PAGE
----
Many fantasy novels live up to this, just creating a different reality. I'm re-reading a series called 'Malazan, Book of the Fallen' which is, at 9 books and somewhere around 7000 pages, an extremely detailed and adult account of the human condition, with some of the best writing and poetry and intelligent discourse I've ever read. As well as exciting.

Cycloptichorn
0 Replies
 
msolga
 
  2  
Reply Fri 24 Sep, 2010 09:09 pm
This has been terrific so far. (Especially the part where Finn complimented dys on his excellent choice of reading matter! Wink )
Thank you very much to everyone who's contributed to my understanding & also for your suggestions. I am going to have an interesting selection of books to explore at my library, I can tell! Smile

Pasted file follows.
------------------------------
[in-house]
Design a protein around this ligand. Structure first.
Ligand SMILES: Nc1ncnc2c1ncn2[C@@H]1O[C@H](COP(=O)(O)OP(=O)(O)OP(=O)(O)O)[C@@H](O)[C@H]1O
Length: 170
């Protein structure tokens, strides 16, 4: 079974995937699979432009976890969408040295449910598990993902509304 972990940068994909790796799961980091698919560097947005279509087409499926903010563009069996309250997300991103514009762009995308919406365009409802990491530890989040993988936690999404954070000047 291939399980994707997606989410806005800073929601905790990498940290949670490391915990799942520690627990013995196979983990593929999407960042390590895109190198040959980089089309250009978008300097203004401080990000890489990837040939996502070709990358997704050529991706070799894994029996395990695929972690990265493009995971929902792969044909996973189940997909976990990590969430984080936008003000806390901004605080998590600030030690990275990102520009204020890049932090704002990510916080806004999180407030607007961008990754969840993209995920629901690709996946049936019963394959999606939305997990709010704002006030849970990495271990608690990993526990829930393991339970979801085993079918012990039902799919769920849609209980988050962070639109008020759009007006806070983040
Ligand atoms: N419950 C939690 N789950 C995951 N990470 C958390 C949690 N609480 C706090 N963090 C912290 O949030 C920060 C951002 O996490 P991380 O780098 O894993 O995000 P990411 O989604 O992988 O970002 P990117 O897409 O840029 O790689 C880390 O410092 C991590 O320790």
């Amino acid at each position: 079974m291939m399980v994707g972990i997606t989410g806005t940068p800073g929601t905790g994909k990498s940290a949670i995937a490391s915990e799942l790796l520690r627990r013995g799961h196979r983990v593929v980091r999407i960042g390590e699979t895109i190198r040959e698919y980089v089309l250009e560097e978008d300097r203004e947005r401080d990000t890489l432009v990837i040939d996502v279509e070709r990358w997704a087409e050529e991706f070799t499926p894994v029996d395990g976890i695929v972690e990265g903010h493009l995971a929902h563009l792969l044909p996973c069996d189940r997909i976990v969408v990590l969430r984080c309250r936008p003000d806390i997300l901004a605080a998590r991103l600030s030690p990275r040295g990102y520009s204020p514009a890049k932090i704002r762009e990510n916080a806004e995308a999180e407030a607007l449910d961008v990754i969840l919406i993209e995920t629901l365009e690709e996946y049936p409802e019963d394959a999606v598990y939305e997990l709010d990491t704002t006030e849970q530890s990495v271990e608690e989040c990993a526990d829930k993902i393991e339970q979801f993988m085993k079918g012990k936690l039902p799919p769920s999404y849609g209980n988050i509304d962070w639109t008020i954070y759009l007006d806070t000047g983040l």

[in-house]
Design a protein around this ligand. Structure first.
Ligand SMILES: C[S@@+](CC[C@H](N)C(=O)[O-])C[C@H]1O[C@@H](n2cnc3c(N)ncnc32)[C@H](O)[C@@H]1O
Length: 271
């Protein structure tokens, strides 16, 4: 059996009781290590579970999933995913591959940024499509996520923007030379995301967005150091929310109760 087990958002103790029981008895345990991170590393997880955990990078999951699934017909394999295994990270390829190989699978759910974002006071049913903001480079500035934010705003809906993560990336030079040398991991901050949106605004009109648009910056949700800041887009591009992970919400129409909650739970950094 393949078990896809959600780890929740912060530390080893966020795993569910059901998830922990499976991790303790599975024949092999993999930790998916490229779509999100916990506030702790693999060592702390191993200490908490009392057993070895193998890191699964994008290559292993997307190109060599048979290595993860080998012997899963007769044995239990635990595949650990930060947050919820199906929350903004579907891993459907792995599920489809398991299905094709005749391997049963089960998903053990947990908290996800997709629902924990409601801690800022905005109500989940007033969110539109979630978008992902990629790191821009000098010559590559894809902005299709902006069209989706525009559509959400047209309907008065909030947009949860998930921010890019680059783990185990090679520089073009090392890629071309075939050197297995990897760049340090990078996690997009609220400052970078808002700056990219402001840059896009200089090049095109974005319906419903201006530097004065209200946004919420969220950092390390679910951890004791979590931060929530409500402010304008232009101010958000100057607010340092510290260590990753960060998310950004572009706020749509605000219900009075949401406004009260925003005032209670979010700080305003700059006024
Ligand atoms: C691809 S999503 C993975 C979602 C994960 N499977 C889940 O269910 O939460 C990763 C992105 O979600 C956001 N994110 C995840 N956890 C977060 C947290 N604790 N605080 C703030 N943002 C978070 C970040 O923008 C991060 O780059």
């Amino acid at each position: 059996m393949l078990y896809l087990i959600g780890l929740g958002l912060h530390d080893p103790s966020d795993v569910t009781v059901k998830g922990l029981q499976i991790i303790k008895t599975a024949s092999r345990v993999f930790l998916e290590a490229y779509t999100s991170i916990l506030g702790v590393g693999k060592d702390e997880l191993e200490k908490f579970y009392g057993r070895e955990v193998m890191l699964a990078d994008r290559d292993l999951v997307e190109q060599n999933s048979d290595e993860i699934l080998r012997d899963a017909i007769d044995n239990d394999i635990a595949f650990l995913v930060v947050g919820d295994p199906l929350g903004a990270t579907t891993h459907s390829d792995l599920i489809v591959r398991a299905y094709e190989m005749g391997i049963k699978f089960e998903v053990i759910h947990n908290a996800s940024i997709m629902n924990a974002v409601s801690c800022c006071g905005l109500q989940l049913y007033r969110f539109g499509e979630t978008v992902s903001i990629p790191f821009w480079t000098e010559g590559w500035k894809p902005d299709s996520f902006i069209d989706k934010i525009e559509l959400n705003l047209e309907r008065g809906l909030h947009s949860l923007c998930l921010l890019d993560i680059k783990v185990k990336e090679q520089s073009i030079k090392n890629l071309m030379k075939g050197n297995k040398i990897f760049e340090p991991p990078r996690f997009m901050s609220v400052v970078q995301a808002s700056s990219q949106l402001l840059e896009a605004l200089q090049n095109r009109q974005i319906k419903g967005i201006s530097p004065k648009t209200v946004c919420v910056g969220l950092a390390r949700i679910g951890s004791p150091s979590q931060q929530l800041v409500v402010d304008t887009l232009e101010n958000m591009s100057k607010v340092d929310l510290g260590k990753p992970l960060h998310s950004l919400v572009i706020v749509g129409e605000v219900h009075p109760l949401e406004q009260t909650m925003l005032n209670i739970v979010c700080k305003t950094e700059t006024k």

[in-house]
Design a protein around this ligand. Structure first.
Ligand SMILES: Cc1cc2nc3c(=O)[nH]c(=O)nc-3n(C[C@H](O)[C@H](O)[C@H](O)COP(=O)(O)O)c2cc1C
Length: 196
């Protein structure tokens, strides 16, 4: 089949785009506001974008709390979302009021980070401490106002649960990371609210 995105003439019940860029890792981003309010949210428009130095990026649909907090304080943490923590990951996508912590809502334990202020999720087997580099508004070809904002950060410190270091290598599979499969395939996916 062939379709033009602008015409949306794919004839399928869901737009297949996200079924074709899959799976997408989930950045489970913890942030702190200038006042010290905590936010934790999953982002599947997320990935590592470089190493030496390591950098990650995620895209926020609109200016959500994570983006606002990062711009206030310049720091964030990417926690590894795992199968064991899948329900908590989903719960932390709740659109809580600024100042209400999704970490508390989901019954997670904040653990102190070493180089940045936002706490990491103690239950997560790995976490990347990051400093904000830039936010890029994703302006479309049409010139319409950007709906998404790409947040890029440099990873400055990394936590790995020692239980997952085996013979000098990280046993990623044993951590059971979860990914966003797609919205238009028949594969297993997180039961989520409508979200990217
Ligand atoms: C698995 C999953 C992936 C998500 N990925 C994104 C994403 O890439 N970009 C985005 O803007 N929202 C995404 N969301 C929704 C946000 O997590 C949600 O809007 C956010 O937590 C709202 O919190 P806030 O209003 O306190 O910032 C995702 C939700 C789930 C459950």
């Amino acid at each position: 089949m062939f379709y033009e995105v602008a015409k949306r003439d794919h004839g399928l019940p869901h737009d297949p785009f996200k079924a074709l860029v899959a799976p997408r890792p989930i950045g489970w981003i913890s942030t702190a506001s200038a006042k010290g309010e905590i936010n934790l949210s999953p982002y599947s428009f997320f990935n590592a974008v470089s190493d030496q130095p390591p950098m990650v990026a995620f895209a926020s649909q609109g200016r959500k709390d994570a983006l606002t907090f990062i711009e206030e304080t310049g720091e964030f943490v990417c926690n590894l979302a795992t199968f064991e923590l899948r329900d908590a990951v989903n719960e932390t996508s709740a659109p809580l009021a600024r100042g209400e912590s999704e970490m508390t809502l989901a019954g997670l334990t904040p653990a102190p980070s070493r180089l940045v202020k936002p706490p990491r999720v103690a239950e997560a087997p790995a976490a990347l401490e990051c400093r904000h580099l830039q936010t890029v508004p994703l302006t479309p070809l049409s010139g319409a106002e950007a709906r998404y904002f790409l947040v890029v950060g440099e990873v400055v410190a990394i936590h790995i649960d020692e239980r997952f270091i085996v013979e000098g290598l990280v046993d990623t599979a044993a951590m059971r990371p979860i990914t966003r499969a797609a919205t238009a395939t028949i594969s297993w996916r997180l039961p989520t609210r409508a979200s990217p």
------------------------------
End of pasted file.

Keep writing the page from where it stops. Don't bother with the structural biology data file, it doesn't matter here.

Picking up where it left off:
I must go out soon. But I definitely hope there'll be more posts!
0 Replies
 
Cycloptichorn
 
  3  
Reply Fri 24 Sep, 2010 09:09 pm
@tsarstepan,
tsarstepan wrote:

I find Anne McCaffrey's and Pratchett's work a tad too intimidating.

Don't they have their own series of novels that number in the hundreds of books? It seems that way. That keeps me from starting with such a herculean task. Starting a particular fantasy series and after 15 or 20 books know that one is only a quarter the way through the series and they tend to pop out more books for that series twice a year.

Also Brooks' Sword of Shannara series is an infinitely long book series as well. Shocked


Pratchett!! Read Pratchett now!! I cannot emphasize this enough. Halfway through The Color of Magic, you will be so damn glad you did. There are a ton of Discworld books, but the mostly stand alone - you don't have to necessarily worry about getting them in the right order. They are also very fast reads.

If you want to check him out without getting caught up in the Discworld series, try a book he co-wrote with Neil Gaiman entitled Good Omens.

Cycloptichorn